Growing up in southern Virginia, I’ve always been a pulled pork guy, but now that I live down here in Atlanta, and am just that much closer to Texas (the Brisket capital of the world, mind you), I figured I’d start boning up on my brisket smoking skills. As luck would have it, that ended up being an incredibly wise decision because as it turns out, this pulled pork guy is developing a serious affinity for smoked brisket these days.
That said, as much as I enjoy a perfectly smoked and moist brisket, the one thing that sucks about them is that they begin to dry out almost immediately upon slicing and as expensive as they are around here ($8.50/pound for USDA Choice), the last thing I want to do is have any of it go to waste.
So what’s a cheapskate barbecue connoisseur, such as myself, to do? Glad you asked.
Step 1 – Preserve
The first thing you want to do with any leftover brisket is to preserve it by getting it in an airtight container. Ideally, you’d have something like a Foodsaver Vacuum Food Sealing System to seal the leftover brisket, but if not, no worries.
I’ve had success wrapping my brisket up tightly in aluminum foil and then sealing it in a freezer bag. If you really want to take this method to the extreme, get a straw and suck the air out of the freezer bag before sealing.
Either way, once the meat is sealed in an airtight container, label it and toss it in the freezer until you’re ready to eat it.
Step 2 – Reheat with a little TLC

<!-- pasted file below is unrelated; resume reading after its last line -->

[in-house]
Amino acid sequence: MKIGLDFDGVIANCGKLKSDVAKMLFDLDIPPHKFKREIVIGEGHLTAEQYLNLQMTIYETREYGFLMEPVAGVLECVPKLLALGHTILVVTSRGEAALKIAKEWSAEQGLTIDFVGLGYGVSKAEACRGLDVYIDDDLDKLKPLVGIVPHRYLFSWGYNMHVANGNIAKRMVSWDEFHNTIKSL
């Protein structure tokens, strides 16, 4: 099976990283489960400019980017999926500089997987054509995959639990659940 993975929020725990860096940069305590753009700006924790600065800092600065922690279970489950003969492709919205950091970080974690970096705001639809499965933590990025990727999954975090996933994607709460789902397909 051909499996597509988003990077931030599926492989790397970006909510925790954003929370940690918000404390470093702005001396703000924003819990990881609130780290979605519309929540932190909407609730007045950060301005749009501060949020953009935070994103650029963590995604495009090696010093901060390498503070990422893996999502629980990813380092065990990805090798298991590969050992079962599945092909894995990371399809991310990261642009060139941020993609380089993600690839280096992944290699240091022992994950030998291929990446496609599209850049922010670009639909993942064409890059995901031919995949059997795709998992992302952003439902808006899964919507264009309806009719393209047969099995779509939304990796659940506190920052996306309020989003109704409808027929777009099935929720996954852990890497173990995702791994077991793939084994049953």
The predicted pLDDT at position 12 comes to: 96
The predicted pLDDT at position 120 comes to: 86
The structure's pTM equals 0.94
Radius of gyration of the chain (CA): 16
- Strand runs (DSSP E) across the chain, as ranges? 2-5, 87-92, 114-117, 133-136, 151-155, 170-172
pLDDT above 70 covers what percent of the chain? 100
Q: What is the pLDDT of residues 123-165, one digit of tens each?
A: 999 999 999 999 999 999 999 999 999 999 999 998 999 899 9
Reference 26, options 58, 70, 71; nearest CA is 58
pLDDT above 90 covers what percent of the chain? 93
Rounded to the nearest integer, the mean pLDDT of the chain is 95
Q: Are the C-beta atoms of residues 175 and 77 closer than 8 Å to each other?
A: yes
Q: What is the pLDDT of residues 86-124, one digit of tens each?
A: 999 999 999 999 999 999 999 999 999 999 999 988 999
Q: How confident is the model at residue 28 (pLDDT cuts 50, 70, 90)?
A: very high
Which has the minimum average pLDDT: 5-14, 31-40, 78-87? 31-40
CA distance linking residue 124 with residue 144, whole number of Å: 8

Okay, so, it’s the dead of winter and you have a craving for some of that awesome smoked brisket you made during your Labor Day barbecue. Solution?
No, don’t even THINK about putting it in the microwave!
Instead, grab your frozen brisket out of the freezer and let it thaw in the sink. Some folks will tell you to let it thaw slowly in the refrigerator, but that isn’t necessary. The sink is perfectly fine.
Next, take your brisket and place it in an oven-safe baking dish.
Pour in just enough beef broth to cover the bottom of the dish and then tightly wrap the dish in aluminum foil. We’re not only going to reheat this bad boy, but we’re also going to steam the moisture right back into it.
Set the oven for 300F and plan to reheat about 20 minutes or so if it’s already sliced or up to an hour or so if it isn’t.
You should then have yourself a perfectly warm and moist brisket dinner that’s every bit as good as it was when it first came off the smoker.
Note: Shout out to Big Green Craig for also confirming my suspicion that this was the proper method for preserving the flavor and moisture of a smoked brisket.
Bob McBallsonface says
S. Virgina? Sounds about right…
Big T says
Will be making smoked brisket for a grad party this summer. Due to the length of cooking time, I will need to cook the day before, and reheat the day of the party onsite at the park. I won’t have an oven onsite. Could I use a large roaster, or reheat in a covered roasting pan on a low heat smoker/indirect heat?
I use a foil pan with a a little broth cover it with foil paper and put it in the grill for about 7-10 minutes. That should properly allow the steam to re-heat the brisket and retain the flavor and the juices. if beef broth is not available try using some liquid smoke that is the flavor of the wood used to smoke the brisket.
Ron Feldman says
Would you slice the brisket ahead of time or reheat it whole and slice it the next day?
I would slice it before, that reduces the time it takes to reheat. If you do it as a whole it will take much longer.
Jim Bob Mueller says
NO. Reheat the whole brisket and then slice it. Check out Franklin BBQ’s tips for re-heating chilled brisket. Yes, this the THE Franklin BBQ in Austin, TEXAS that sells the BEST brisket in TEXAS and hence, the world.
I will be smoking 50 briskets . I will start smoking on a Tuesday and serving on the following Saturday. The briskets will be chopped. What is the best way to handle this processes?
Dona J. Williams says
Great. I will try. Thank you for tutorial!
Kamado Liz says
Glad you found it helpful. Thanks for commenting, Dona!